• by bitspotter ( 455598 ) on Saturday July 21, 2007 @02:49AM (#19936095) Journal
    At first, hearing this pissed me off. Now it just makes me nervous, after reviewing some of the old and new information (neither of which amounts to much, given Parakey's stealth mode).

    The number one thing that encouraged me about Parakey was that not only was it open source, it didn't fork over it's users control over to web services companies. Sure, Livejournal, for example) has its code released under a public license - but that doesn't stop LJ from locking in user data. Alternate instances of of LJ code son't interoperate, and I still can't make complete archives of all my posts, comments, and interactions on any social networking site. This is my life [], we're talking about - I don't want some company to have better access to it than I do.

    Parakey, insofar as it was described in the Spectrum article, did the right thing here by making the user's desktop the central archive (using open code, and open formats, of course). My life would remain mine, and web services would simply syndicate it from its origin under my control.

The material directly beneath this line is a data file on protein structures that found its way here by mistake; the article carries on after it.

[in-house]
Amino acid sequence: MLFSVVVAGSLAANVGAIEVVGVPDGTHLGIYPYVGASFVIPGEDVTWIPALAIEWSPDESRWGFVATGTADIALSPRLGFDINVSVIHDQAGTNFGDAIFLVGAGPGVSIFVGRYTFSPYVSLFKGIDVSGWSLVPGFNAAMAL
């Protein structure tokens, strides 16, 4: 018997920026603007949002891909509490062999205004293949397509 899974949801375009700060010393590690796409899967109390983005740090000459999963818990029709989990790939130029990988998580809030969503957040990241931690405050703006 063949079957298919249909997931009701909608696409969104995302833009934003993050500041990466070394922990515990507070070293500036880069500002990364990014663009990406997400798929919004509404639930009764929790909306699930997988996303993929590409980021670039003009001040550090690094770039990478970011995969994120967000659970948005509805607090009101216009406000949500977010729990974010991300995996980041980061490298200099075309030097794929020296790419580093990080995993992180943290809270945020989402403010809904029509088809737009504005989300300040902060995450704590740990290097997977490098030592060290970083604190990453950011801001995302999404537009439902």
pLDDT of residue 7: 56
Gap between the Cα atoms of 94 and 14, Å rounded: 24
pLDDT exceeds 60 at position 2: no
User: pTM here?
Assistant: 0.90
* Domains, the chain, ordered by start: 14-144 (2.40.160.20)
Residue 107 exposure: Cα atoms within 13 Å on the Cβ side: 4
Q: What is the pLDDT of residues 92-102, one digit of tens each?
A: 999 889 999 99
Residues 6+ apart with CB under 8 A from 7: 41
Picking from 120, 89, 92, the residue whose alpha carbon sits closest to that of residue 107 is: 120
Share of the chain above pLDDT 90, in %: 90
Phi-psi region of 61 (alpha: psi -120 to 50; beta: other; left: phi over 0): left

From what I've been able to discover about the Facebook platform, it's not nearly as useful as the web interface is - there's tons of crap I've been bombarded with on the web pages after logging in, only a tiny fraction of which is actually accessible through the API. Given FB's dependency upon an advertising model, it doesn't surprise me at all that they want to hold my own social life hostage as a carrot to get me to use the web interface. Unfortunately, I'm not biting.

    So my concern is, has Parakey bailed on the user-centered model in favor of the service-provider-centered model? It would be a shame.
  • by TechnicolourSquirrel ( 1092811 ) on Saturday July 21, 2007 @07:24AM (#19936983)